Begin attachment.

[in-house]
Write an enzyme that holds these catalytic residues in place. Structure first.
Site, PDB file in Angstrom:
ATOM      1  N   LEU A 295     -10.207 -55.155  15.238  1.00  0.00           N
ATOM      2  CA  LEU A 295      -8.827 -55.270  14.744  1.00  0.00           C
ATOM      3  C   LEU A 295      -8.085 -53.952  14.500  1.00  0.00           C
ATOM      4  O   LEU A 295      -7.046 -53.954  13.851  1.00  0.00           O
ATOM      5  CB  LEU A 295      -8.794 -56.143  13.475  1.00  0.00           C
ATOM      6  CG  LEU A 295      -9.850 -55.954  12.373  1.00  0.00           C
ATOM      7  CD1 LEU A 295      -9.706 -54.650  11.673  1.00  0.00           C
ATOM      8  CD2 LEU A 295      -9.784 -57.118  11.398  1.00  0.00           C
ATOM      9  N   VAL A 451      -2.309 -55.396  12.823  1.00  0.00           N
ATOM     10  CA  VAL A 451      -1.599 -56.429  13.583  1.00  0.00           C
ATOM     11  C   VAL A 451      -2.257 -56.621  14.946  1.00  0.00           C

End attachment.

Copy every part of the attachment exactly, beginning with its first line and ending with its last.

[in-house]
Write an enzyme that holds these catalytic residues in place. Structure first.
Site, PDB file in Angstrom:
ATOM      1  N   LEU A 295     -10.207 -55.155  15.238  1.00  0.00           N
ATOM      2  CA  LEU A 295      -8.827 -55.270  14.744  1.00  0.00           C
ATOM      3  C   LEU A 295      -8.085 -53.952  14.500  1.00  0.00           C
ATOM      4  O   LEU A 295      -7.046 -53.954  13.851  1.00  0.00           O
ATOM      5  CB  LEU A 295      -8.794 -56.143  13.475  1.00  0.00           C
ATOM      6  CG  LEU A 295      -9.850 -55.954  12.373  1.00  0.00           C
ATOM      7  CD1 LEU A 295      -9.706 -54.650  11.673  1.00  0.00           C
ATOM      8  CD2 LEU A 295      -9.784 -57.118  11.398  1.00  0.00           C
ATOM      9  N   VAL A 451      -2.309 -55.396  12.823  1.00  0.00           N
ATOM     10  CA  VAL A 451      -1.599 -56.429  13.583  1.00  0.00           C
ATOM     11  C   VAL A 451      -2.257 -56.621  14.946  1.00  0.00           C